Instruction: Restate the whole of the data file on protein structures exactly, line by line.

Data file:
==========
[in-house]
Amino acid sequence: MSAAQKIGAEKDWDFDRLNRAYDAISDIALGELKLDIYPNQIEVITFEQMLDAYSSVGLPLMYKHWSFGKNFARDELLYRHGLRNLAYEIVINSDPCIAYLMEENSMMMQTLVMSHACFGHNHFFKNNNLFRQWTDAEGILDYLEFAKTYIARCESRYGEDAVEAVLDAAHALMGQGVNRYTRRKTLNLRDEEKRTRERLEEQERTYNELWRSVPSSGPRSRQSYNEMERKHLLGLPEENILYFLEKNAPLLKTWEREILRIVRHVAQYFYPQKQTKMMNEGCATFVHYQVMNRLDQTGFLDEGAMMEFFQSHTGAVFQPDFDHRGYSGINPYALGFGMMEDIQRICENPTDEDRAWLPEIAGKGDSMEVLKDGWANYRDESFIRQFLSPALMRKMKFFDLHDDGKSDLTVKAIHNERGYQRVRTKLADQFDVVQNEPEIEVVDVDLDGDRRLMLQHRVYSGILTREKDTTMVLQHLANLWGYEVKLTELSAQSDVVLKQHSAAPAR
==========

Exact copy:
[in-house]
Amino acid sequence: MSAAQKIGAEKDWDFDRLNRAYDAISDIALGELKLDIYPNQIEVITFEQMLDAYSSVGLPLMYKHWSFGKNFARDELLYRHGLRNLAYEIVINSDPCIAYLMEENSMMMQTLVMSHACFGHNHFFKNNNLFRQWTDAEGILDYLEFAKTYIARCESRYGEDAVEAVLDAAHALMGQGVNRYTRRKTLNLRDEEKRTRERLEEQERTYNELWRSVPSSGPRSRQSYNEMERKHLLGLPEENILYFLEKNAPLLKTWEREILRIVRHVAQYFYPQKQTKMMNEGCATFVHYQVMNRLDQTGFLDEGAMMEFFQSHTGAVFQPDFDHRGYSGINPYALGFGMMEDIQRICENPTDEDRAWLPEIAGKGDSMEVLKDGWANYRDESFIRQFLSPALMRKMKFFDLHDDGKSDLTVKAIHNERGYQRVRTKLADQFDVVQNEPEIEVVDVDLDGDRRLMLQHRVYSGILTREKDTTMVLQHLANLWGYEVKLTELSAQSDVVLKQHSAAPAR